Movie goers in the south suburbs have been shocked when they learned a popular movie theater in Country Club Hills is no more. The AMC Loews Theater located on 167th just east of Interstate 57 closed on Jan. 10. The closing comes after the owners of the building significantly raised their rental fees, according to a source familiar with the negotiations.
The 16-screen theater housed an IMAX screen, which when it first opened in 2002 was one of the only ones in the area with that technology. Many African American community groups held outings at the theater. Its location, the only movie theater in the area, was a big draw for African-Americans who live in Harvey, Markham and Country Club Hills.
“AMC was unable to reach an agreement with the landlord and the theater’s final day of operations was Sunday, Jan. 10,” said Ryan Noonan, director of corporate communications for AMC in an email. “We thank our guests at AMC Country Club Hills and invite them to continue enjoying their AMC experience a few miles away at AMC Loews Crestwood 18.”
Octavia Wright showed up at the theater this week with two of her kids. To her surprise she was greeted with a sign on the door saying the building was closed but directing her to the Crestwood site.
“I’m shocked. I didn’t hear about this on the news or from talking to people,” she said. “I was looking forward to watching a movie with my kids today so we will just have to drive somewhere else. But I feel sorry for people who don’t have a car because this place was within walking distance for many people.”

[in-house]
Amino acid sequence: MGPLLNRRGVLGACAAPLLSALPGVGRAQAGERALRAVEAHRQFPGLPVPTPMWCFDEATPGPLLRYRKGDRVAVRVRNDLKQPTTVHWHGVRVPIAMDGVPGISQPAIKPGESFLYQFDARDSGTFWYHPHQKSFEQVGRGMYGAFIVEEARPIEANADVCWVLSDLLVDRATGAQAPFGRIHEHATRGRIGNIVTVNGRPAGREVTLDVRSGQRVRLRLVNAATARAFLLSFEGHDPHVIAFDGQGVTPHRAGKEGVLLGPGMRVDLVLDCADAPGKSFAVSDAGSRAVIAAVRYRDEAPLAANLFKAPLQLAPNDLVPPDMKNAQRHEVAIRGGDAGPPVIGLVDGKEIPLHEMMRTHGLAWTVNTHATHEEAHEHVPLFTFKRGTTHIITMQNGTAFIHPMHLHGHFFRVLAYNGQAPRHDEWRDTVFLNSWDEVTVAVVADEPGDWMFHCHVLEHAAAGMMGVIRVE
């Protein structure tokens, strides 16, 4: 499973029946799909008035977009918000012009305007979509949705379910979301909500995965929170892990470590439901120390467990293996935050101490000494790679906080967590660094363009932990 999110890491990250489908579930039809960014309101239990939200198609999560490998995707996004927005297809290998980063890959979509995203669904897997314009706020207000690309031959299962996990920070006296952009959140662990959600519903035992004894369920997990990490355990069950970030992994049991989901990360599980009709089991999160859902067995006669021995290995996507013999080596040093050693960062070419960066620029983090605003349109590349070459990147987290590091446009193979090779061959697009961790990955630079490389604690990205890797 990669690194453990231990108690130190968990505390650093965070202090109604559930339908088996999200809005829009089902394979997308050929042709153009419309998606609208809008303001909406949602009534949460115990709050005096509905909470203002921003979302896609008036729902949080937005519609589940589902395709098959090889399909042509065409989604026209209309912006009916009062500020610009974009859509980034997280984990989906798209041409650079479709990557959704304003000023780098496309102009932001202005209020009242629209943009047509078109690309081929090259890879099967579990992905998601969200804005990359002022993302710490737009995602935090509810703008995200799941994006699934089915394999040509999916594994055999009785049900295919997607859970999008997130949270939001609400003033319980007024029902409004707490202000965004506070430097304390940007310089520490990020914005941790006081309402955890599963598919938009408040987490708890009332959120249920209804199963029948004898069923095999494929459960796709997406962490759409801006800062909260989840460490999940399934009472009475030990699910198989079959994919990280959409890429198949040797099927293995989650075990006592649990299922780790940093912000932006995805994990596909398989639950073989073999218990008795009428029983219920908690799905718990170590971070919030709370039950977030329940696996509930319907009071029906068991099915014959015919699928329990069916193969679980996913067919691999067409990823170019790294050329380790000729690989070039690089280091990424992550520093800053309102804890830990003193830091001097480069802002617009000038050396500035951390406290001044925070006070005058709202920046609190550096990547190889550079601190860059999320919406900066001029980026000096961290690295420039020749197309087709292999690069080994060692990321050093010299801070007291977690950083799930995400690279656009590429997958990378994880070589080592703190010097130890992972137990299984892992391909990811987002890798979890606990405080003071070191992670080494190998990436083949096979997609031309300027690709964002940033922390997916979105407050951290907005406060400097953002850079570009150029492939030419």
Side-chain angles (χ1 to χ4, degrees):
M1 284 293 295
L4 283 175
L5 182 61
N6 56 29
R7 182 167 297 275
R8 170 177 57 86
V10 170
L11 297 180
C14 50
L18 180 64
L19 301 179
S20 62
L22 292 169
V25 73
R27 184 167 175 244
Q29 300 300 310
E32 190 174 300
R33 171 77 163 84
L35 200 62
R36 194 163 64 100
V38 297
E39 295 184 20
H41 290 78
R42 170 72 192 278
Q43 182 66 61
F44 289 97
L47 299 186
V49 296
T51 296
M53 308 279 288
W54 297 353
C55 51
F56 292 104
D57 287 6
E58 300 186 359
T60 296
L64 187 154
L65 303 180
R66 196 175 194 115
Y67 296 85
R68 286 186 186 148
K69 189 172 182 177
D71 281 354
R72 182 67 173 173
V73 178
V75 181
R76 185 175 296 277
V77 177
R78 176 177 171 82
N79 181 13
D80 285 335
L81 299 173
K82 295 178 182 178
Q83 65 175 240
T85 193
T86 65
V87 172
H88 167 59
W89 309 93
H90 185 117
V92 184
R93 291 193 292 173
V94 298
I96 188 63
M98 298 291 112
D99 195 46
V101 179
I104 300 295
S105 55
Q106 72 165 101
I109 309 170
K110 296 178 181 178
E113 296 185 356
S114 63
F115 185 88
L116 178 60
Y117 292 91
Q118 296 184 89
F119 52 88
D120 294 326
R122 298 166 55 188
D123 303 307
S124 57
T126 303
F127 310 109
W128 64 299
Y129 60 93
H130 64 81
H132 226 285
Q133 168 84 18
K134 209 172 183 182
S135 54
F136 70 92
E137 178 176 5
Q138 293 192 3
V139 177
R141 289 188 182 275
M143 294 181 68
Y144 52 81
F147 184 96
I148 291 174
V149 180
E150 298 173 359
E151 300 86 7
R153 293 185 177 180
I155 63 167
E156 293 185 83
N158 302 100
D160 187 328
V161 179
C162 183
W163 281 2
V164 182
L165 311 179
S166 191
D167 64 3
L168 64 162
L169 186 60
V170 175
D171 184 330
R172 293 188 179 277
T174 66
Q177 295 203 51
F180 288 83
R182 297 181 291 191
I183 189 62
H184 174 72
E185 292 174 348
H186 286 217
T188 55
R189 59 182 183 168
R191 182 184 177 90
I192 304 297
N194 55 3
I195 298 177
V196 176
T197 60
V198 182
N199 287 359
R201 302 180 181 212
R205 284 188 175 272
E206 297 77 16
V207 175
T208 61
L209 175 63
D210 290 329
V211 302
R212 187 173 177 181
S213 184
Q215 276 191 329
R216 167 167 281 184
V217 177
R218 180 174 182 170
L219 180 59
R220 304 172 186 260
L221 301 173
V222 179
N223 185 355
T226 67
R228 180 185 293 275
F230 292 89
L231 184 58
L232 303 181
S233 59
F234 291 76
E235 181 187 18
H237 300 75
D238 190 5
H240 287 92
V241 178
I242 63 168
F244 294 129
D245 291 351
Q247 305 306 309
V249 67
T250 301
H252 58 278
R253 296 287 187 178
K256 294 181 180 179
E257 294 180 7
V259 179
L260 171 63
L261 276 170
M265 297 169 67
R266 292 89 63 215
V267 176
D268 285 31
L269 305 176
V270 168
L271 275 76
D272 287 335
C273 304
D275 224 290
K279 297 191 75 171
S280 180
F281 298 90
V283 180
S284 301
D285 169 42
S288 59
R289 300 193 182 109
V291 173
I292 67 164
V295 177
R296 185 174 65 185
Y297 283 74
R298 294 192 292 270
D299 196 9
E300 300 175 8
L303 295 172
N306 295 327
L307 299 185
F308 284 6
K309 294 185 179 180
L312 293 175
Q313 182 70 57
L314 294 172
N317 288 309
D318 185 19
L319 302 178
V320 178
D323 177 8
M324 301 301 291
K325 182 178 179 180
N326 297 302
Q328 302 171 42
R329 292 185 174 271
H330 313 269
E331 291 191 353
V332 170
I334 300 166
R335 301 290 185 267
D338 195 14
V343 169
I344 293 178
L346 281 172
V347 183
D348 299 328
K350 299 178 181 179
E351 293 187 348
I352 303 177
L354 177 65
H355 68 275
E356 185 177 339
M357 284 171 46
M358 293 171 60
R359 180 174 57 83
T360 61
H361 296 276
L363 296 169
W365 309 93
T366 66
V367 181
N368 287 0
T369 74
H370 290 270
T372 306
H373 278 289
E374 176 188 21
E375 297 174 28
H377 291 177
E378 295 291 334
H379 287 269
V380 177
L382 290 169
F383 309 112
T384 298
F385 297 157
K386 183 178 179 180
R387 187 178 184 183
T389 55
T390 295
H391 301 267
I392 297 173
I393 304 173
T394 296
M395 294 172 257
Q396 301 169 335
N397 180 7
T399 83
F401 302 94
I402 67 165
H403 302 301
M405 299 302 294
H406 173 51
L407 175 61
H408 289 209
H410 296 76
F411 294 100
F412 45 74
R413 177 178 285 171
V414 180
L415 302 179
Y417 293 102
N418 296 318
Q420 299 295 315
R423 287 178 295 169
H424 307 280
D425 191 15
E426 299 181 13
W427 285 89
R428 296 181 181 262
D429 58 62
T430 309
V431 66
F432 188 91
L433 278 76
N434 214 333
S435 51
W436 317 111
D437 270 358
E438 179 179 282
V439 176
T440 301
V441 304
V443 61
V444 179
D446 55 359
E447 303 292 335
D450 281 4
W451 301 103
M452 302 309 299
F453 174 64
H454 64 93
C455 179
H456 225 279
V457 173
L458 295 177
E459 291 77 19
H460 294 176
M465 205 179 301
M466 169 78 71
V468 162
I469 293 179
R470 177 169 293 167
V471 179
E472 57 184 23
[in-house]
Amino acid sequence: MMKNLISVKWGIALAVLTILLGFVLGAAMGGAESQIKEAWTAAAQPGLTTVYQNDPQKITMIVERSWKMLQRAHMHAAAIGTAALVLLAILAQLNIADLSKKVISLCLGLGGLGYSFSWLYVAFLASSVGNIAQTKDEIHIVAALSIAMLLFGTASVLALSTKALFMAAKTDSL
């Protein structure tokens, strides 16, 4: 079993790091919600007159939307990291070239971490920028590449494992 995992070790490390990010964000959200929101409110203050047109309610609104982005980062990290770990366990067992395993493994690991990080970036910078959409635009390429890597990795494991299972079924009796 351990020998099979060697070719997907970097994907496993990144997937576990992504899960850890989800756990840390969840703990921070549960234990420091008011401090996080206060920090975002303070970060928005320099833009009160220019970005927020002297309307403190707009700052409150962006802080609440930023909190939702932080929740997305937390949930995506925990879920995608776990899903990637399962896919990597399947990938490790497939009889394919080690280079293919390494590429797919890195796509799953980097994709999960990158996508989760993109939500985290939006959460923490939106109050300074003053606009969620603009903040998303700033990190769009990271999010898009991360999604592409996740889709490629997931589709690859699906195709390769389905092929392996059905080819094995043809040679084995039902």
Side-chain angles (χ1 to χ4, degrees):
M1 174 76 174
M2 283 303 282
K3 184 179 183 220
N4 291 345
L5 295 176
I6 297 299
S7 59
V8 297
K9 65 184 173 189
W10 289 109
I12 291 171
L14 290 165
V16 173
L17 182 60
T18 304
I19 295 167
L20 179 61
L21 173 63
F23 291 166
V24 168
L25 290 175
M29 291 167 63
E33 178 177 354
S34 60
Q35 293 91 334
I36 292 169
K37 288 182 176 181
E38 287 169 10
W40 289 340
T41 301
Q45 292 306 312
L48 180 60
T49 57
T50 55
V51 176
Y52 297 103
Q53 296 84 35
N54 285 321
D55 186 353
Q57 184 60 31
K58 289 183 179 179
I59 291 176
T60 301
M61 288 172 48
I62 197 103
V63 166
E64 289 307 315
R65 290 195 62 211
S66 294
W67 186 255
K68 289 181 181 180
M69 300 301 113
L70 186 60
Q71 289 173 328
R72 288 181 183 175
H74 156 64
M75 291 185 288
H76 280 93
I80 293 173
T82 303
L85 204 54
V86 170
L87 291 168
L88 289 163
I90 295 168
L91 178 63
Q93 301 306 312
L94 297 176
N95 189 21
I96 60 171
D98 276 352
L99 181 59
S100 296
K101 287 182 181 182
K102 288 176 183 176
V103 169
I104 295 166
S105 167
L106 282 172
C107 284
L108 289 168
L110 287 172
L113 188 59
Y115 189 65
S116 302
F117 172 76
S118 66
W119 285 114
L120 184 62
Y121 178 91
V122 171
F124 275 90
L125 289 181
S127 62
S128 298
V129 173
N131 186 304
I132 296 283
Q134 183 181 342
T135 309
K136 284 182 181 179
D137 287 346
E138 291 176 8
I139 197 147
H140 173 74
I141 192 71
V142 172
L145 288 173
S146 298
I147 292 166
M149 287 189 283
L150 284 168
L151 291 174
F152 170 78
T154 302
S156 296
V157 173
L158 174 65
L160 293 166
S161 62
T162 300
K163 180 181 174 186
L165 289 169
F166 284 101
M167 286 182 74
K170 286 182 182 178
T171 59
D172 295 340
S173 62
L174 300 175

Crusader sent an email to Country Club Hills Mayor James W. Ford, who was elected to office last year after former Mayor Dwight Welch was forced out, seeking comment. He responded the following day but refused to discuss the issue and was upset Crusader was doing a story on the situation at all.
“I don’t see why you need to do this,” Ford said. “You are going to make it hard for us to get a contract with the next person coming in.”
Crusader informed Mayor Ford the purpose of the article was to inform the public about the situation and to get answers to residents’ questions, not serve as a public relations outlet for Country Club Hills. He responded by saying, “have a good day,” and hung up the phone.
“I feel sorry for the kids who worked there and now have nowhere to go,” said Phillip Anderson, who has lived in the area for nine years. “I think about them when I see that place closed. We have a tough enough time finding them jobs and here we had a place where they could work as cashiers, ushers or the concession stand. Now it’s gone. What do they do now?”
The theater was part of what was originally the Magic Johnson brand theater chain. Johnson however is no longer involved with the AMC Lowes group. In the meantime, movie goers are expected to go to Crestwood or Marcus Cinemas in Orland Park and Chicago Heights.
Source: Chicago Crusader